Showjumping: looks like it is correct to pivot knee and swing back lower leg!

Bounty

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Haven't read the rest of the thread yet, but for me (and yes! I know this is an XC shot but I think a good comparison as same moment in time over the same fence) these couple of photos demonstrate the effect of my lower leg on the rest of my balance/posture.... You just need to extrapolate the effect over a much bigger fence :p


Wannabe SJer :p


A little more correct...


So, it looks like for me, without my lower leg underneath me, my natural tendency to tip forwards just goes wild :D
 

SJFAN

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Point of information: Having met Franke I can safely say he is not almost 6 ft 6" - definitely no more than 6ft 2".
Eventers may be less inclined to swing legs back as they are more likely to adopt the "defensive" leaning back seat when going cross-country. The important thing in whichever discipline is for riders to keep themselves in balance (for their own safety as well as the performance of the horses). How they achieve this is surely more a matter of aesthetics than anything else.
Thanks for the super pic of Geoff grinning at the audience while jumping!
 

martlin

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Point of information: Having met Franke I can safely say he is not almost 6 ft 6" - definitely no more than 6ft 2".
Eventers may be less inclined to swing legs back as they are more likely to adopt the "defensive" leaning back seat when going cross-country. The important thing in whichever discipline is for riders to keep themselves in balance (for their own safety as well as the performance of the horses). How they achieve this is surely more a matter of aesthetics than anything else.
Thanks for the super pic of Geoff grinning at the audience while jumping!
From Franke's rider profile:
DoB 2/2/1958
height 197cm
 
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This seems like an old post but I'm very interested in this as coming back to jumping bigger fences after a break. It seems to me that as you take off for a big fenc, with the lower leg in the 'correct position on take-off, as it really needs to be to hold yourself up with the horses body coming up in front of you in a big bascule, with the weight in the stirrups the momentum of the movement is then forward and up meaning the forward motion will keep your legs pushing off from the take-off point and then need to be swung forwards for the landing. This is all done very quickly...of course the photos only catch a moment in what is actually a very quick movement...prior to decending on the other side the riders legs will still be pushing their body up and forward from the take off point hence the feet are still pointing back to the source of the movement. And then need a lot of upper body strength and connection with the horses movement to bring the legs forward for landing. To have the lower leg in a vertical position over the jump at such heights, as i have found previously, requires a focussed effort on pushing the feet forward during take off to be in the correct position over the fence, which somewhat hinders movement with the horse....although obviously those that do do this have mastered this well. I probably haven't explained my thoughts very well here but i can see and feel why they do this now having thought about it. Initially i was puzzled by it but it seems to make perfect mechanical sense.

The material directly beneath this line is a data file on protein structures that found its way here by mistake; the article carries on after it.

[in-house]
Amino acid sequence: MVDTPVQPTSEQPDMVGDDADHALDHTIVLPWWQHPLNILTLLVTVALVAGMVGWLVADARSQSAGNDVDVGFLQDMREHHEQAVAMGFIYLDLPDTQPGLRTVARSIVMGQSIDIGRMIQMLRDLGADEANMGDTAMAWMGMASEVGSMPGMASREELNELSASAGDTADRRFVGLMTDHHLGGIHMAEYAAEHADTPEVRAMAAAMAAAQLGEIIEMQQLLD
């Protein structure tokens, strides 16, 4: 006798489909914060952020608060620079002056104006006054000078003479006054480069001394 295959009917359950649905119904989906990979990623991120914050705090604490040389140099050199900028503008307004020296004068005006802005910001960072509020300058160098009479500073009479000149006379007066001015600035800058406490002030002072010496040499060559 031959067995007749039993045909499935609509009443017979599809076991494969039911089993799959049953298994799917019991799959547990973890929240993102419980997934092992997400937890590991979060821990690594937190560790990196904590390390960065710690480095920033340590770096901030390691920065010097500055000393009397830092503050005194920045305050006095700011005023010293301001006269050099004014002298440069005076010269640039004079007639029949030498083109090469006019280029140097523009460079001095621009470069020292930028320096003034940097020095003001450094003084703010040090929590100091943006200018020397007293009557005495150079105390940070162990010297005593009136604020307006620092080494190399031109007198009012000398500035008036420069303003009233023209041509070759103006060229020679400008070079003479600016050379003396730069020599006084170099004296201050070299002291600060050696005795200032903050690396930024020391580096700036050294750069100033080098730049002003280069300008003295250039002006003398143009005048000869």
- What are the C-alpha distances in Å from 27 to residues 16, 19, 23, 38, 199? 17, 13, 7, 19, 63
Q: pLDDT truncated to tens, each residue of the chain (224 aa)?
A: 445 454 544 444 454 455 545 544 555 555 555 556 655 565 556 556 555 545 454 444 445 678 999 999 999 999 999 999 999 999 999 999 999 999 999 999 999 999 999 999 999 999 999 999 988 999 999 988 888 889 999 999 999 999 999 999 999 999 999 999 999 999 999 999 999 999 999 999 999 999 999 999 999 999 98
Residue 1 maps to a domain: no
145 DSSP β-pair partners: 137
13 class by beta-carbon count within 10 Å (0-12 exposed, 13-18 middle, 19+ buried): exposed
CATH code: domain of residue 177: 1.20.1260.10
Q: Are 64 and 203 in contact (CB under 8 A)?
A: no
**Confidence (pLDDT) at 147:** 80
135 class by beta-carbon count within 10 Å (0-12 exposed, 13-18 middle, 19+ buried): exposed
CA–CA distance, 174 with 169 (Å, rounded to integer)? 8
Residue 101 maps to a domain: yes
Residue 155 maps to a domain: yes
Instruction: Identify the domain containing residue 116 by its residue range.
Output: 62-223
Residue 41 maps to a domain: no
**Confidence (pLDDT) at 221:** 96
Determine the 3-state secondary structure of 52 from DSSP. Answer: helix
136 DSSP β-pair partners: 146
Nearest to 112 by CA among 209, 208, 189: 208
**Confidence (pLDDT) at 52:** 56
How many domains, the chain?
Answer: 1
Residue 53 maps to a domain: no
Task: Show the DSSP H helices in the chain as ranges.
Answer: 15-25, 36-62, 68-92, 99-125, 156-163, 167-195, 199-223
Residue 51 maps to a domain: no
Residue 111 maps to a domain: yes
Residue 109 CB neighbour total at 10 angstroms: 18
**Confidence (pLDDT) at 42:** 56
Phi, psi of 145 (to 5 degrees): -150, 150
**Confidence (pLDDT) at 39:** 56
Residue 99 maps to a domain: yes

Of course over smaller and/or wider fences or as in xc when the horse and irder are already in a forward speed and with less upward bascule over the jumps - this take off position and weight direction of the riders legs would not be such an issue during take-off and consequently during flight. If you think about where the power and force is coming from for both rider and horse over the jump the gravity in a showjumping take-off leaves the weight pointing back to the take off of the riders legs before going UP over the jump whereas in XC at speed the weight is kept downwards.
 

mule

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Equitation is very important in America. The US showjumpers look very stylish. They get up off the horses back and don't pull the head off the horse when they half halt. Their rounds flow nicely.
 
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I'm also considering now how the horse needs to move their head to see the jump and i know riders from some countries actually have a high head carriage all the way round rather than riding the horse 'on the bit'. I should probably start this in another thread though :)
 

Wheels

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Do you really want a vertical lower leg going over the fence? In my mind the lower leg should stay in a very similar position going over the fence as it would in canter 2 point, to give the proper base of support, anything else leads to a lack of balance one way or another. Easier said than done!
 
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